HARRINGTON — Robert Collins, the late owner of the Collins Root Beer stand, looked forward to coming to the Delaware State Fair every year.
“My father loved it,” said George Collins. “He bought this stand about 47 or 48 years ago. He loved everyone. He was a people’s person. That’s just the type of person he was.”
Robert Collins died earlier this month before he got the chance to experience the atmosphere of the fair one last time.
But Robert’s five sons and daughter and other family members continue to keep the tradition going in his honor.
“It’s important to us because my father started it and as family we want to keep it going,” said Bruce Collins. Every last one of us helps out. It’s a family affair and it’s always been.”
Before Robert purchased the stand, he used to haul ice.
“He was hauling ice and my dad asked the owner of the root beer truck if he was selling it, let him know,” said Kenneth Collins. “Then about two years later the guy decided to sell it to my dad.”
George said he was in his early 20s when his father purchased the stand.
“When he bought the truck it already had the root beer barrel on it,” George said. “We started making old fashioned
root beer and then we started making root beer floats. That was the kicker for us.
“The barrel does it. When people take one look at it, that draws everyone in.”
The brothers said their father loved talking to any and everybody when he worked the fair.
“He was a popular guy here at the fair,” Kenneth said. “He never saw a stranger. He was a people’s person. He loved people and everyone loved him.”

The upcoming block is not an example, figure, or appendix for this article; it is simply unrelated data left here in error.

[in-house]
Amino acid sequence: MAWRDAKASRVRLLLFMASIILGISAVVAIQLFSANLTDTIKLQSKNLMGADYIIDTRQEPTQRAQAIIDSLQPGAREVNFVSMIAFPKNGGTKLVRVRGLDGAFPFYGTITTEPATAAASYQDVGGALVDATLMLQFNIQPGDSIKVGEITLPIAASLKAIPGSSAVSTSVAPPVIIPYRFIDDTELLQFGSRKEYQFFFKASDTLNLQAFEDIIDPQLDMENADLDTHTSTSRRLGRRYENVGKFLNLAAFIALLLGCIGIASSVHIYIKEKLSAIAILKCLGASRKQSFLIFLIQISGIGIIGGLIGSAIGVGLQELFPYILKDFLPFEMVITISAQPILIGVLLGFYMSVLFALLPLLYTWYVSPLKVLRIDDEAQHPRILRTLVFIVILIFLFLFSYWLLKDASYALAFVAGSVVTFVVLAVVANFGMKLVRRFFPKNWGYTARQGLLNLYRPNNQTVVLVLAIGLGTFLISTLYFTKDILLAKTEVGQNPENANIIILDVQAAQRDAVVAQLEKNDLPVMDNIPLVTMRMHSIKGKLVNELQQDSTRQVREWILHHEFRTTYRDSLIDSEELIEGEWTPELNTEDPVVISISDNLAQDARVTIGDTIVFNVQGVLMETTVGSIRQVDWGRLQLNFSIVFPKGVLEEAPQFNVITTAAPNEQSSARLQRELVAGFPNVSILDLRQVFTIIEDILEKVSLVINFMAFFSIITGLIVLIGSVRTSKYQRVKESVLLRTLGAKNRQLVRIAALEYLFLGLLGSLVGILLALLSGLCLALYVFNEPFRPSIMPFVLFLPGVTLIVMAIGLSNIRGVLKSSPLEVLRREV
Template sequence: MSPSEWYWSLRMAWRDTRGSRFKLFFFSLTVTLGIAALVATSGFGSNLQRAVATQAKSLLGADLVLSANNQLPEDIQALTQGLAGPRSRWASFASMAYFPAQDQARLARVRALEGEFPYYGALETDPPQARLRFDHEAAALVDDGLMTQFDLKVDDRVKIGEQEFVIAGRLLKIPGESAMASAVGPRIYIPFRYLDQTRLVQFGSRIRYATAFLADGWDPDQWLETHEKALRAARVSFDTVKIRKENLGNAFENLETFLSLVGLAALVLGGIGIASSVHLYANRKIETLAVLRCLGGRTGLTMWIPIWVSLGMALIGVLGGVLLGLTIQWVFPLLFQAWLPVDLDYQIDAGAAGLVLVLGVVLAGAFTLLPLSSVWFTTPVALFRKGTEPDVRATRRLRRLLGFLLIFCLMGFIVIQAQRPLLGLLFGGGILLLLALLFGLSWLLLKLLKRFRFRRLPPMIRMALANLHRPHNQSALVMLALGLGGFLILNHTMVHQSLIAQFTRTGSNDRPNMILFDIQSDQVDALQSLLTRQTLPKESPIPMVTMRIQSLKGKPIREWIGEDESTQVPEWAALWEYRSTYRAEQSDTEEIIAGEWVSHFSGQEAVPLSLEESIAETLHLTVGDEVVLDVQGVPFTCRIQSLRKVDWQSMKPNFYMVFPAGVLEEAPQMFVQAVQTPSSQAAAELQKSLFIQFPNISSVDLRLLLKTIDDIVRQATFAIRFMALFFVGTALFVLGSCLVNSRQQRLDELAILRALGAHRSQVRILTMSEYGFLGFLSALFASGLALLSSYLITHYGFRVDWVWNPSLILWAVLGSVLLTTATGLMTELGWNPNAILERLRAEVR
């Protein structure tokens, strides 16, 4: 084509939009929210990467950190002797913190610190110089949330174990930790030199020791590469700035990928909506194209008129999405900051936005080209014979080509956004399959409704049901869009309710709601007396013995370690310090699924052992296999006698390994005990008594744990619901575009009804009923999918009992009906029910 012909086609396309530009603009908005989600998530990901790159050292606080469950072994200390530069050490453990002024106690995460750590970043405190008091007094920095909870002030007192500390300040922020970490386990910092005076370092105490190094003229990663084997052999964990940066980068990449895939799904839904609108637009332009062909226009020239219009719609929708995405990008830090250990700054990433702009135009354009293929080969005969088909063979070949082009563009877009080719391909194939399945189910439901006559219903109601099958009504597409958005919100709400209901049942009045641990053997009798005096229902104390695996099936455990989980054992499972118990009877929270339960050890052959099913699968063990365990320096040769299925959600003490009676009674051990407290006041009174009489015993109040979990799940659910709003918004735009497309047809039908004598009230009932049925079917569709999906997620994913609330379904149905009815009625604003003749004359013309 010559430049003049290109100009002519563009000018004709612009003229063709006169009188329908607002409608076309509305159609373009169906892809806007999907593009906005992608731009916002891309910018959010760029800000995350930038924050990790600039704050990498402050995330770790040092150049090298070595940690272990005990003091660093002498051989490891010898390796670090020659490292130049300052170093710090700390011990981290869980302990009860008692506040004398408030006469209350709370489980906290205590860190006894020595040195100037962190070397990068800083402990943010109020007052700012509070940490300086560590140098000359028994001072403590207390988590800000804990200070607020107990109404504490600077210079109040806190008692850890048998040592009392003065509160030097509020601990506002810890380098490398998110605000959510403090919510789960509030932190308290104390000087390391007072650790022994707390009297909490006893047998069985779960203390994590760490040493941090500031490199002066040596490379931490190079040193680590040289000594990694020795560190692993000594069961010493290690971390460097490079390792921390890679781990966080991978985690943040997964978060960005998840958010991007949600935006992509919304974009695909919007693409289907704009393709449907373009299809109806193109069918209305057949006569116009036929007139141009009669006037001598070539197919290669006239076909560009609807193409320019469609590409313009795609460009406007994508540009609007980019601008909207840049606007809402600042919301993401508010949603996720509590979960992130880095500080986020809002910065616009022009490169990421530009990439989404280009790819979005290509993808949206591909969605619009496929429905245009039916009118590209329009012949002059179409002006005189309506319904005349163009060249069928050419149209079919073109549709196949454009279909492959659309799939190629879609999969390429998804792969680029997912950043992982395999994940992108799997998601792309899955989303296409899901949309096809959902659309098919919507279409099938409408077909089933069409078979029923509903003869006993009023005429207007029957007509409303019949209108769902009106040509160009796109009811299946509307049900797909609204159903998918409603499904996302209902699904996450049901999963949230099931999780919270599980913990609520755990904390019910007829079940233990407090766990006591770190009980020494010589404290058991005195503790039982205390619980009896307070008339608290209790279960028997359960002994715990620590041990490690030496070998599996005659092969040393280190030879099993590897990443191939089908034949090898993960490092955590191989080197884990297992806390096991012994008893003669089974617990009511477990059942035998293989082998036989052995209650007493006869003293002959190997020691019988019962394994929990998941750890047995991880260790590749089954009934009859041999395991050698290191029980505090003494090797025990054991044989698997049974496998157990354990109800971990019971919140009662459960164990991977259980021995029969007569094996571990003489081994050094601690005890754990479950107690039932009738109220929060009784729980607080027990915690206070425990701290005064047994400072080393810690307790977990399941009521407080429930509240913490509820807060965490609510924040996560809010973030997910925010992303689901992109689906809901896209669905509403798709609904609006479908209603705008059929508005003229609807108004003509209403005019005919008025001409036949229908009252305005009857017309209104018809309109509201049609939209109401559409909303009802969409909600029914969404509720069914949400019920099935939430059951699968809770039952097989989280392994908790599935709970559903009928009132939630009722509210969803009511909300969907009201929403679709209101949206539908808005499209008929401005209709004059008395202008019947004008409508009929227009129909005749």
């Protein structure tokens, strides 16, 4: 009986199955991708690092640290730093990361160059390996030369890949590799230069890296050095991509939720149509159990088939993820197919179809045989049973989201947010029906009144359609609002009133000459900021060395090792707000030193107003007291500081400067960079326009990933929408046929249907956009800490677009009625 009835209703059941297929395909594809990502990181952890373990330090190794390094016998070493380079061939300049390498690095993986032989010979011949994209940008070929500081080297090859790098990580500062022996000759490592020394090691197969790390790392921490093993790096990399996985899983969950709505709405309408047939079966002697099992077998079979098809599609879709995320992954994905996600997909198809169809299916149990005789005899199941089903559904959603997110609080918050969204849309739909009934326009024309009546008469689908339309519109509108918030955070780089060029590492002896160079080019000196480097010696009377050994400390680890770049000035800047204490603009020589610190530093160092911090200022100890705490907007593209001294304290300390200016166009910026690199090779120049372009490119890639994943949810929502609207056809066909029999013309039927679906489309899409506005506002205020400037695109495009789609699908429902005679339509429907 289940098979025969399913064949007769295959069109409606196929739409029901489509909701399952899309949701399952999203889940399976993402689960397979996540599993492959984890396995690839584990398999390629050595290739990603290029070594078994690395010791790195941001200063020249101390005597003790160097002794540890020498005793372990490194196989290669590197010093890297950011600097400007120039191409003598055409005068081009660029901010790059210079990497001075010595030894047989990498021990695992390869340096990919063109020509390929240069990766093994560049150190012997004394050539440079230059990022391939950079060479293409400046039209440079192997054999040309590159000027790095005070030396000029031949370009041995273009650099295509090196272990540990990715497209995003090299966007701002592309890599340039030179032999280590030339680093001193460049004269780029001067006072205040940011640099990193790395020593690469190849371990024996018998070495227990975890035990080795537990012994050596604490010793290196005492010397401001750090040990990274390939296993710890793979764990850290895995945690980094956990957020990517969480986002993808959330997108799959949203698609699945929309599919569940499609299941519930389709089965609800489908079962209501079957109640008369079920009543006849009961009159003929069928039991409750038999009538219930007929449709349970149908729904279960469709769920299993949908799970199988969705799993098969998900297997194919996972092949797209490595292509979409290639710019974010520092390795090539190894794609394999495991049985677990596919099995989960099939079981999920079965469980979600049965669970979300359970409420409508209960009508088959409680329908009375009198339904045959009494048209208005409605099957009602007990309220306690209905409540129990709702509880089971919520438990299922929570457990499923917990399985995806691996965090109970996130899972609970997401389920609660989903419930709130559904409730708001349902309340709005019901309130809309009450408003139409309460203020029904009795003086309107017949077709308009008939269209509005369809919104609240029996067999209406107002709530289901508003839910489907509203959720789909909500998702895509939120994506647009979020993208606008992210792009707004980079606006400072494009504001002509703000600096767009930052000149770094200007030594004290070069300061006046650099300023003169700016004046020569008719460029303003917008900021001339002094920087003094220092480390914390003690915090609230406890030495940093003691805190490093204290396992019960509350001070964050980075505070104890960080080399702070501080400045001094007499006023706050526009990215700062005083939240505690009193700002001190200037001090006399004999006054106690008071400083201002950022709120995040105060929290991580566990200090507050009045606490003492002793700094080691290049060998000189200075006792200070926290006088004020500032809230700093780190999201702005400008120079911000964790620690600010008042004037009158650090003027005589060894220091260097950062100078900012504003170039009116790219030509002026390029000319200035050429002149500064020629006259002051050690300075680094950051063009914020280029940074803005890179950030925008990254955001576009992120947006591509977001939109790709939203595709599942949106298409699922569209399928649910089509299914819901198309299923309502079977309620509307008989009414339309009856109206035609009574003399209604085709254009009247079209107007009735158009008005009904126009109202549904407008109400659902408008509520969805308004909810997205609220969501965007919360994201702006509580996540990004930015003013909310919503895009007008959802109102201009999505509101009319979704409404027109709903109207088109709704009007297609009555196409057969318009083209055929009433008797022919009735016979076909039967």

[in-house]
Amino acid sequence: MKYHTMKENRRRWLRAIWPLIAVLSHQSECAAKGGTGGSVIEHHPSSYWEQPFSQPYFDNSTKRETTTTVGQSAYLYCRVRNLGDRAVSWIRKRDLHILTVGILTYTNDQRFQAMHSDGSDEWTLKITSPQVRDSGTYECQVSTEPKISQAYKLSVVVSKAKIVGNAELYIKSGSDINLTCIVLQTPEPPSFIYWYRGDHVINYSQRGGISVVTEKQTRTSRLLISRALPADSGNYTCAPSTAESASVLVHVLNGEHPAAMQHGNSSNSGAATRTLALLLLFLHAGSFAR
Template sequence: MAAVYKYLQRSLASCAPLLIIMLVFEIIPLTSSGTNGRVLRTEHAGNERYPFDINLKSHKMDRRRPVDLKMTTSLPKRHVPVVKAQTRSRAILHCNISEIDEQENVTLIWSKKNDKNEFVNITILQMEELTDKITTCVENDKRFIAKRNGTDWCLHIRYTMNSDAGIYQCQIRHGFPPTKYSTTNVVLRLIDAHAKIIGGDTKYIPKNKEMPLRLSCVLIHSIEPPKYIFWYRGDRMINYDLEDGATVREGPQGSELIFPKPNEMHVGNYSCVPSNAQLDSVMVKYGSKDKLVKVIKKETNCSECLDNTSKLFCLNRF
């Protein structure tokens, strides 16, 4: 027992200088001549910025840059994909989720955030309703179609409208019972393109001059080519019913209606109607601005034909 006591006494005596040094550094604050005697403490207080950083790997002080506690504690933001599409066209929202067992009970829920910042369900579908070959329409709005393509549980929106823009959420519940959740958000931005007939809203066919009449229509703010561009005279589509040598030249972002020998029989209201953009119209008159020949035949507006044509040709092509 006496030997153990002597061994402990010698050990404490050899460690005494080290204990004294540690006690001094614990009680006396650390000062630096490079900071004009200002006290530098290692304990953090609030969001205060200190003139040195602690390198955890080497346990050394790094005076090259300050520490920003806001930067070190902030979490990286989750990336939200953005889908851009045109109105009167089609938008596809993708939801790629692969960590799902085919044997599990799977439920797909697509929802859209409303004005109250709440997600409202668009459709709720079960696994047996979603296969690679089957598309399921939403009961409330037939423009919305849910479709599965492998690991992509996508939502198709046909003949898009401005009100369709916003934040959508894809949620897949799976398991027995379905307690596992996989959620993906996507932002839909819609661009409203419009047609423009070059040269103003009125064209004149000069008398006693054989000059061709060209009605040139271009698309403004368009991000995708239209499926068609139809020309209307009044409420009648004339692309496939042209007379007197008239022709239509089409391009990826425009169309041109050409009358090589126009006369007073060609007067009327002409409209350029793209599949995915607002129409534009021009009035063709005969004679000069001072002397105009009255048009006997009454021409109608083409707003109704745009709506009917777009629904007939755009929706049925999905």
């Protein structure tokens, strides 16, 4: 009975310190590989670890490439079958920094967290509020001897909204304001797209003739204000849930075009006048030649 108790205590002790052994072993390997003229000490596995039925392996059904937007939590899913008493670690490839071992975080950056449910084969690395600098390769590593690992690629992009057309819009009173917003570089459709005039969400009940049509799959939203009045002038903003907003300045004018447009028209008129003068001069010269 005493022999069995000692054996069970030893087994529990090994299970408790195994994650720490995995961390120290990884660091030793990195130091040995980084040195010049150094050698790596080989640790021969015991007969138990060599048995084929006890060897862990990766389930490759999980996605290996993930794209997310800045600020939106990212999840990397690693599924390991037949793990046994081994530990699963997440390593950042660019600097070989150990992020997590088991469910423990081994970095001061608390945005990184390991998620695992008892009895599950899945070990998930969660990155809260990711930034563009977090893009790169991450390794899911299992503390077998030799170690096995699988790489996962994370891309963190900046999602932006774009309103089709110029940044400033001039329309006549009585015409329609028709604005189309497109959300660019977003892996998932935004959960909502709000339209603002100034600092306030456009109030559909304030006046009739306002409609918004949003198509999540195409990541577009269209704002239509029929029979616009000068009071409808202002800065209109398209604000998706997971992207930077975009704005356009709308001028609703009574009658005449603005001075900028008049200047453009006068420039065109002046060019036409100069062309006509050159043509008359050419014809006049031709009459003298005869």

His daughter Thelma “Sugar Pie” Gustafson recalled a time when someone tried to use her father’s kindness to his advantage.
“Two years ago a man came to our stands and told us about the good old days at the fair,” Ms Gustafson said.
“He was very a young boy and recalled his family coming to what was then called the Harrington Fair and one of his favorite things he enjoyed was visiting the Root Beer Truck.
“He asked my daddy for a snow cone. When he reached into his pants pockets, he only had a penny and a nickel.
When my daddy handed him his snow cone the man slammed his hand with the money into my daddy’s hand and hurried off, knowing well he had not paid the full price.”
She said the young man tried this trick several times throughout the day.
“One day, my daddy surprised him before handing the man the snow cone,” Ms. Gustafson said. “My daddy held out his other hand not saying a word rubbing his fingers together, signaling money first.
“The man said my daddy didn’t say a word and never confronted him about what he had been doing, but he knew that was the end of his cheap snow cones.”
Robert also loved telling stories about his family life. He enjoyed talking about what mischief his children got in when they were young and how he could only afford shoes for them once a year.
Another favorite story was when the kids got a wagon for Christmas, and he would laugh so hard telling about how they all tried to outsmart one another to get time to play with it.
The brothers said working with their father and being home with him was one and the same.
“He’s like that all year around even at home,” George said. “The atmosphere is the same.”
George said his father will be proud of them for keeping the tradition going.
During his later years he would come out here when it wasn’t hot and just walk up and talk to people,” George said.
“People would come over and talk to him. He just loved it out here. We’re going to keep it going as long as we’re able to.”